Some stem cell therapies would skip usual FDA rules under new guidelines

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FDA Commissioner Scott Gottlieb calls regenerative medicine “one of the most promising fields of science.”

In a move aimed at encouraging the emerging field of regenerative medicine while also protecting patients from dangerous products, the U.S. Food and Drug Administration (FDA) on Wednesday issued guidelines for exempting certain cell and tissue treatments from the costly drug approval process.

“In the last decade, we’ve seen improbable advances that hold out great hope for patients,” FDA Commissioner Scott Gottlieb said in a statement. “Our aim is to make sure we’re being nimble when it comes to fostering innovation, while taking steps to protect the safety of patients.”

The new policy sets out criteria for using biological products without formal FDA approval. The cells or tissues must come from the patient being treated; be used for the same function they perform naturally in the body; and be “minimally manipulated.” The FDA believes such products pose a low risk of harm.

But the new guidance, put out as a draft in 2014, does not address the explosion of stem cell clinics offering treatments that may be ineffective or worse. Some clinics charge thousands of dollars to suck out and then inject cells taken from the patient’s blood, bone marrow, or fat, saying they can fix everything from autism to Alzheimer’s disease.

In the Philadelphia metropolitan area, for example, a new company founded by chiropractors called Regen America: Centers for Regenerative Medicine has been marketing bone marrow stem-cell treatments as virtual cures for arthritic knees and hips, and damaged spines. The marketing targets the elderly, even though orthopedic research shows they are least likely to benefit because the body’s supply of stem cells diminishes with age.

Paul Knoepfler, a stem cell researcher at the University of California, Davis, School of Medicine and a leading voice of caution about the unbridled stem cell industry, called the new guidance “encouraging,” but insufficient.

“The FDA seems serious about smoothing the path for those clinical researchers developing promising new stem-cell therapies based on rigorous data,” Knoepfler said. “But it needs to do something major about the stem cell clinic problem on the other side of the coin, too.”

During a press conference, FDA officials said they were not ignoring the problem of deceptive marketing, but that enforcement actions would first focus on outright dangerous clinics.

“We are going to be prioritizing where we take action,” Gottlieb said, adding that top priority is products “that are not just being promoted inappropriately but are also putting patients at risk.”

Peter Marks, director of the FDA’s center for biologics evaluation, added, “There are literally hundreds of these clinics and we simply don’t have the bandwidth to go after all of them at once.”

Along with the new guidance, the FDA on Wednesday sent news outlets a consumer health alert that warned, “Stem cells have been called everything from cure-alls to miracle treatments. But don’t believe the hype.”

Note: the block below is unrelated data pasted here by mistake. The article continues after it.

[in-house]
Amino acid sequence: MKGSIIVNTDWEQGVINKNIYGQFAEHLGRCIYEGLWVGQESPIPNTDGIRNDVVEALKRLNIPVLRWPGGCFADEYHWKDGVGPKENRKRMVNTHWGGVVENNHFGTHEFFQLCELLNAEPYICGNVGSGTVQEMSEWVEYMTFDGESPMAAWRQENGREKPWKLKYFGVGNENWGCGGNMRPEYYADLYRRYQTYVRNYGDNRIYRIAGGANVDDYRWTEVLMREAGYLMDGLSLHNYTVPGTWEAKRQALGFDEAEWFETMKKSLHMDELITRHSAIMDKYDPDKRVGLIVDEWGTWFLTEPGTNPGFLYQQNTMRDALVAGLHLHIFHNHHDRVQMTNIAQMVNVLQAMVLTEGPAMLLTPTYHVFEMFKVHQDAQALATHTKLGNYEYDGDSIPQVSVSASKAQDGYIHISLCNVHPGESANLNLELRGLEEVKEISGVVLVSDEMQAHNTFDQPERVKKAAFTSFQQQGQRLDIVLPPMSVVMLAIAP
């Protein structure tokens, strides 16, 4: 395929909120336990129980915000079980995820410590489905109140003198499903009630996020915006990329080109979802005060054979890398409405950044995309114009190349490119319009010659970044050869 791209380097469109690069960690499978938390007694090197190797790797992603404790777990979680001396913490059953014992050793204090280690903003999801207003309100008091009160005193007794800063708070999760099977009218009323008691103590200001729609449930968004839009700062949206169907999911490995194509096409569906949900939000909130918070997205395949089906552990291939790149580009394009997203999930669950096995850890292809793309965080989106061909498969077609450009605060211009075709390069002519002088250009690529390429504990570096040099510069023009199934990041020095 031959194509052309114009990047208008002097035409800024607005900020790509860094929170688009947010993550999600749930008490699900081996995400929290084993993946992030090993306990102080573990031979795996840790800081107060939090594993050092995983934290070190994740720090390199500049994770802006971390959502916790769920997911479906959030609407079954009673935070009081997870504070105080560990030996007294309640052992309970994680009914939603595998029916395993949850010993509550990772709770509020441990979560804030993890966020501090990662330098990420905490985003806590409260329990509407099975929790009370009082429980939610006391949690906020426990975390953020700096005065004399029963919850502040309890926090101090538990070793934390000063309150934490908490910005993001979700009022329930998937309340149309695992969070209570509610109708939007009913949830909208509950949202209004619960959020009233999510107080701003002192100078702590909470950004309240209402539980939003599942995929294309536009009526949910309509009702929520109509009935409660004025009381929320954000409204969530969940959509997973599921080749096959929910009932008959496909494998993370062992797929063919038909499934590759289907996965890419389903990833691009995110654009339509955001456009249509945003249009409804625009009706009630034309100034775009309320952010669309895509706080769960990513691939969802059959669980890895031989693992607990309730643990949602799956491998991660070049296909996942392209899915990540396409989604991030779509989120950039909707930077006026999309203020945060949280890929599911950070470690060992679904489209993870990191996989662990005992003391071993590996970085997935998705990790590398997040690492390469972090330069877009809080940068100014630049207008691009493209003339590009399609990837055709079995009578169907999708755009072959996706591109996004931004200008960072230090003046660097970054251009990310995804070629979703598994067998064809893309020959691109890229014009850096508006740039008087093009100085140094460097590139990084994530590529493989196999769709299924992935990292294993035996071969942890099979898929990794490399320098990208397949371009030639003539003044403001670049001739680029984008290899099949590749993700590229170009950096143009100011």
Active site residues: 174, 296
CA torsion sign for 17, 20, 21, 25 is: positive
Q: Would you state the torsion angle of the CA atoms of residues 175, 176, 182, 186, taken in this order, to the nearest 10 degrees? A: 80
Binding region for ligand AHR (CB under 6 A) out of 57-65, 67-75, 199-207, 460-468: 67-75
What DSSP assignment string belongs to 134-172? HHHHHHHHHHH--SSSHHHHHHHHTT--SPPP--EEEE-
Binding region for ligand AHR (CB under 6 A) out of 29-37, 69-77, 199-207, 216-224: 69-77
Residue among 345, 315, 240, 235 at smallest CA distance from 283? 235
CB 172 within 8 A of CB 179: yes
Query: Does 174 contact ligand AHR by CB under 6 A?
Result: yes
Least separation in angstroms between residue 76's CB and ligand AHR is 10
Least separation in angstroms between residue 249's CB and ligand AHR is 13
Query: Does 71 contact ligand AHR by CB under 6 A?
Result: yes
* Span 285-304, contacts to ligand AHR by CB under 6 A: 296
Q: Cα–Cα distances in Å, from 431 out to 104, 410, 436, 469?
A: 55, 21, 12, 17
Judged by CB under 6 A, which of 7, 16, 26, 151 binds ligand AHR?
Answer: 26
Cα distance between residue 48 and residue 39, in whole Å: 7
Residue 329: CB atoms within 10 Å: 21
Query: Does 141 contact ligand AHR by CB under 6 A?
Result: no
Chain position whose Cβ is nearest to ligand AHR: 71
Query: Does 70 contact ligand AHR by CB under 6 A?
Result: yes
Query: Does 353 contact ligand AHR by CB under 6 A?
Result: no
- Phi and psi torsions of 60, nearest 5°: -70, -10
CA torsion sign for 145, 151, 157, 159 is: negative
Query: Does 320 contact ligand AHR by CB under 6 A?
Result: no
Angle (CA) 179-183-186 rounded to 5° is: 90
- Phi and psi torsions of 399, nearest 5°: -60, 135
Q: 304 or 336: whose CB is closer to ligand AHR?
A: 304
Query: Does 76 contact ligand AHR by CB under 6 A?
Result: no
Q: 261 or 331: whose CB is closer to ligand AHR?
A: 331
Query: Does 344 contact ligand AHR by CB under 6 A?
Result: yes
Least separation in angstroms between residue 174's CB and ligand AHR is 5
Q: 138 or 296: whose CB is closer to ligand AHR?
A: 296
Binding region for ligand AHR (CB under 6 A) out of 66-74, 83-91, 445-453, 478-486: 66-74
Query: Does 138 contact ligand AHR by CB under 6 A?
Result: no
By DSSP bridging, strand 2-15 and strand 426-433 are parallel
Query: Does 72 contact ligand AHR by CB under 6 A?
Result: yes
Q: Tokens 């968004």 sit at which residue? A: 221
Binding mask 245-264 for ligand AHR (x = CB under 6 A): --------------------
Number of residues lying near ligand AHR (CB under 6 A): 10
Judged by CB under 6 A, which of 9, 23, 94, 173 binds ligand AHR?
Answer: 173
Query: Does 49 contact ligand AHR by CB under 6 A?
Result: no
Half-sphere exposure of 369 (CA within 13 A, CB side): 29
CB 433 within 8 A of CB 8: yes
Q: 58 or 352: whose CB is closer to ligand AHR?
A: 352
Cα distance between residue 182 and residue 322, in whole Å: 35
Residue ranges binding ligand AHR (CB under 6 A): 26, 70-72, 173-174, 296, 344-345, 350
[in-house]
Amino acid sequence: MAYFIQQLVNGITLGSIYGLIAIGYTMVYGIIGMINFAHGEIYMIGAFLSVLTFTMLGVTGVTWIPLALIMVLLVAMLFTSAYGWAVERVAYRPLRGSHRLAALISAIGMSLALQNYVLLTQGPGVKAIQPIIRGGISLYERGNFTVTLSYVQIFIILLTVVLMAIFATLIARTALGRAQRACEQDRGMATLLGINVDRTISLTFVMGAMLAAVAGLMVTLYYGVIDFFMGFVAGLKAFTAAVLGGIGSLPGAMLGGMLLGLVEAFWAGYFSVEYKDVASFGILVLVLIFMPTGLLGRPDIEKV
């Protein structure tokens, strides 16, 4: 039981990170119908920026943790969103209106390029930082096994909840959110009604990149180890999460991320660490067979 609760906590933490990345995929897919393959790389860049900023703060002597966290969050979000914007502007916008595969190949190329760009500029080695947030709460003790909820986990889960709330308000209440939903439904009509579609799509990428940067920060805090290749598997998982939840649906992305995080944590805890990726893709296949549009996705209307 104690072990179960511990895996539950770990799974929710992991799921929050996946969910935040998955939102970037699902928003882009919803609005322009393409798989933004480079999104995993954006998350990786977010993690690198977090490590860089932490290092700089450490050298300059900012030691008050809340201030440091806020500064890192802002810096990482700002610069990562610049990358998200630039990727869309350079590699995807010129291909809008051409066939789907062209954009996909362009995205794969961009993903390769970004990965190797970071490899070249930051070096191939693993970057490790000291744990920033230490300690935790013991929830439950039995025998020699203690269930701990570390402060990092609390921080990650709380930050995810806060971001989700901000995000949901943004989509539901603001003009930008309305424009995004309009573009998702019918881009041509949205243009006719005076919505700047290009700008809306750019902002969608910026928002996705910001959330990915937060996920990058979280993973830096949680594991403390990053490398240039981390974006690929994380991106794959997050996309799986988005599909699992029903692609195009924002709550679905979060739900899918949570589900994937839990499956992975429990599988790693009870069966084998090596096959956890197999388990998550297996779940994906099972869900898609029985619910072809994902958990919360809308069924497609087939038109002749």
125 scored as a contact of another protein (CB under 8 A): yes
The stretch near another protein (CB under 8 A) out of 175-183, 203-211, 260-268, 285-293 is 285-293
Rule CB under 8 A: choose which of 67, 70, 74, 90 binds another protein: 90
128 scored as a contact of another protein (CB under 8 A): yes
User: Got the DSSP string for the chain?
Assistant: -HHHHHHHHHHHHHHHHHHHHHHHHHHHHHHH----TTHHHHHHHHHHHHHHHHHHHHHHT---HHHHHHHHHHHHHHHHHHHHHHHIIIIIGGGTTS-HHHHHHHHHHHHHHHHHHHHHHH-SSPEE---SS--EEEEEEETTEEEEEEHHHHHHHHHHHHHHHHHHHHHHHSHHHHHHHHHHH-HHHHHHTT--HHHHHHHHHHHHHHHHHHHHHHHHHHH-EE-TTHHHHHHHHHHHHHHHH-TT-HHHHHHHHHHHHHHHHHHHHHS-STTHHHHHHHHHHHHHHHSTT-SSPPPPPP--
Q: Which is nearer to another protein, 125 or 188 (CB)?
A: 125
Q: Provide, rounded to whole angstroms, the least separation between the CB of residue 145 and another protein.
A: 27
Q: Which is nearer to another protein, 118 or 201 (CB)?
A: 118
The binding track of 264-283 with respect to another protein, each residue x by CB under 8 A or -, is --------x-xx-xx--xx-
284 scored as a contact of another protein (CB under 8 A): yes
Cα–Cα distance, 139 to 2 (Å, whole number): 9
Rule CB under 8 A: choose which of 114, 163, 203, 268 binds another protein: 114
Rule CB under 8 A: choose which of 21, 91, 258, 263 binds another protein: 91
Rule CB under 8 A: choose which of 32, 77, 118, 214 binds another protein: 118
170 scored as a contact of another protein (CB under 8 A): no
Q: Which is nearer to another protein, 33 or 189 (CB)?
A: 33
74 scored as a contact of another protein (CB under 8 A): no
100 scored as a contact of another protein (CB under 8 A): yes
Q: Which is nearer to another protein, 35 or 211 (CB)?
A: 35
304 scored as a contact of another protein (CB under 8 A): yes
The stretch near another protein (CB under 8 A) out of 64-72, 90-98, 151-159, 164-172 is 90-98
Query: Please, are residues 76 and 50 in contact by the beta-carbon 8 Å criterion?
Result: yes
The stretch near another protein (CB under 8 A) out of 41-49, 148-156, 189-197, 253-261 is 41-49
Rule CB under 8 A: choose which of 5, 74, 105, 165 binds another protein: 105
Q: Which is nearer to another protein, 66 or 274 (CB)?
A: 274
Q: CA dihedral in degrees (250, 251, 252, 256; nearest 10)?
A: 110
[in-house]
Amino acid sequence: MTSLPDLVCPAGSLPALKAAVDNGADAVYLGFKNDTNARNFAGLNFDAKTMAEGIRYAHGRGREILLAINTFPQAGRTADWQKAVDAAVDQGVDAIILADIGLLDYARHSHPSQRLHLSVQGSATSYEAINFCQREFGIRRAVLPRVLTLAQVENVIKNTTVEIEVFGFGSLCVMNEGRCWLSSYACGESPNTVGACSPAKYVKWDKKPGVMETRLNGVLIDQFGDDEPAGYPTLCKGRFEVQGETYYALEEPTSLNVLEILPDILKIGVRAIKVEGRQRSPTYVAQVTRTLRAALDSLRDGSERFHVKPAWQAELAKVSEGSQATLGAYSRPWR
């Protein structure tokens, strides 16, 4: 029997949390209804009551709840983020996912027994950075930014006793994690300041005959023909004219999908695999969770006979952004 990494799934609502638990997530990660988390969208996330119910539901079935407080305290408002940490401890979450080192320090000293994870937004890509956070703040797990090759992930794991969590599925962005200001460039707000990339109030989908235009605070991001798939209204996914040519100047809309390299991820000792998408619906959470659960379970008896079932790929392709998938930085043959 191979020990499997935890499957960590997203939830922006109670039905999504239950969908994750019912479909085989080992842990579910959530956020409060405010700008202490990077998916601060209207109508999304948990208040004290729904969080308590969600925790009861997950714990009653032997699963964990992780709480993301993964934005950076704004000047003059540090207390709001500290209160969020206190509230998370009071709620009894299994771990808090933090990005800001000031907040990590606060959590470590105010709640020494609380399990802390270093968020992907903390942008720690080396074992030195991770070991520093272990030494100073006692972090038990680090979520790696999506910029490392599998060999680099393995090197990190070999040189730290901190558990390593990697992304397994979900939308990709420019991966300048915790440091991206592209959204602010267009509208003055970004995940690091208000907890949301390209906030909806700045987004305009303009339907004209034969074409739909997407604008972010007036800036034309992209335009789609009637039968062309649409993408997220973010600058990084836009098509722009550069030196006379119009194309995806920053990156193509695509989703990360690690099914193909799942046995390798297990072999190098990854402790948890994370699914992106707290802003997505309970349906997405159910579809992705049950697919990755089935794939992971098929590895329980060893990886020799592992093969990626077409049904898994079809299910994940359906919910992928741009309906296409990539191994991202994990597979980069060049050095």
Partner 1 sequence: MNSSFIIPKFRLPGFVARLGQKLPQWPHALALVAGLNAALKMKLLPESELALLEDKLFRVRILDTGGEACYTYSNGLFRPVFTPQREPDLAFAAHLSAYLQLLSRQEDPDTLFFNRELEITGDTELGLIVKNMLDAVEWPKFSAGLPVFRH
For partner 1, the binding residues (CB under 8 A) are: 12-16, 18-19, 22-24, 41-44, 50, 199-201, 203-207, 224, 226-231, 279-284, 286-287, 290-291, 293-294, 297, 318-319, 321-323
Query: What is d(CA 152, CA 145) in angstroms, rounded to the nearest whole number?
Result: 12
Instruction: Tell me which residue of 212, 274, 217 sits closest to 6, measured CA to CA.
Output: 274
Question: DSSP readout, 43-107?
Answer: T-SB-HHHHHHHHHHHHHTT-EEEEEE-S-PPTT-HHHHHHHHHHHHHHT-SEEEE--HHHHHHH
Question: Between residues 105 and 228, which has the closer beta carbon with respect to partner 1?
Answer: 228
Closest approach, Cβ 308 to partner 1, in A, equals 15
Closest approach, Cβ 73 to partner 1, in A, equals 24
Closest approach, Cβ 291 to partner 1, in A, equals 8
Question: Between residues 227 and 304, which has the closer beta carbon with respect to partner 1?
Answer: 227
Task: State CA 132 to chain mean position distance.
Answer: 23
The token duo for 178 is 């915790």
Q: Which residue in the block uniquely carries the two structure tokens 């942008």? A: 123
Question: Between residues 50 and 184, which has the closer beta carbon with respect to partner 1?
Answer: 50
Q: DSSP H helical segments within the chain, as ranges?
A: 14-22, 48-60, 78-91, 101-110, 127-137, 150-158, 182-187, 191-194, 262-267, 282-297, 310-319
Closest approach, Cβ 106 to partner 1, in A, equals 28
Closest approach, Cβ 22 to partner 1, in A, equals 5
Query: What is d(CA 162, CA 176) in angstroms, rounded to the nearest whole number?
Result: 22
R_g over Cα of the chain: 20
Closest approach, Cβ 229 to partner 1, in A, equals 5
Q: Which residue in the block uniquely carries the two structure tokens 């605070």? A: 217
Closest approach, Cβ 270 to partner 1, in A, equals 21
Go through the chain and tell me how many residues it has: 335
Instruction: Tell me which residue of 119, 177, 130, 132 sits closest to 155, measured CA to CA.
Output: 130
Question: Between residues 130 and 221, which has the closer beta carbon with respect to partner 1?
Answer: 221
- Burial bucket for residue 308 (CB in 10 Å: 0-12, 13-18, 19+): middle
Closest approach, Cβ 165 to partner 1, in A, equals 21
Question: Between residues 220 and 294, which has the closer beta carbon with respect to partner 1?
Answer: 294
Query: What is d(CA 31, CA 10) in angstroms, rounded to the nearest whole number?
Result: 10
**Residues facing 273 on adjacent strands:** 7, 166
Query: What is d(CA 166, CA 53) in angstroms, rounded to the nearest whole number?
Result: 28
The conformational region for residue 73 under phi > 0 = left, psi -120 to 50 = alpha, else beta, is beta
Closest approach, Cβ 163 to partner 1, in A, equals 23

The only stem-cell therapies that the FDA has approved use cells from bone marrow or umbilical cord blood to treat blood cancers and certain immune disorders. Under rules that took effect in 2005, biologic tissues processed and marketed as therapies were supposed to go through the drug-approval process, which requires years of costly testing in humans to demonstrate safety and effectiveness.

Although there have not been many reports of serious injuries from unapproved stem-cell therapies, a handful of shocking examples led the FDA to intervene.

In August, as part of a vow to crack down on what it called “unscrupulous” practitioners, the agency announced the seizure of smallpox vaccine from a California company accused of combining the vaccine with fat-derived stem cells. The FDA also sent a warning letter to a Florida clinic that ruined the vision of three women by injecting stem cells into their eyes.

The FDA said manufacturers will have 36 months to determine whether their products qualify for exemptions from the drug-approval process, or must apply to begin that process. In general, the guidance says, low risk biological products are given by a shot rather than by intravenous infusion, inhalation or injection. Cells may be rinsed or concentrated by spinning in a centrifuge, but manipulation such as multiplying the cells in lab culture is prohibited.

Alta Charo, a professor of law and bioethics at the University of Wisconsin, praised the new guidance, but also called for better consumer information. California last month adopted a first-of-its-kind law requiring clinics to give each patient a handout disclosing that their stem-cell therapies are not approved by the FDA.

“While FDA does commit to pursuing enforcement for clinics offering the most risky interventions, this alone is not enough,” Charo wrote in an email. “It is essential that patients be better informed of the regulatory status of the interventions, of the basis on which clinics have reason to believe the intervention is safe and effective, and of the fact that patients retain their legal right to complain if there has been negligence.”

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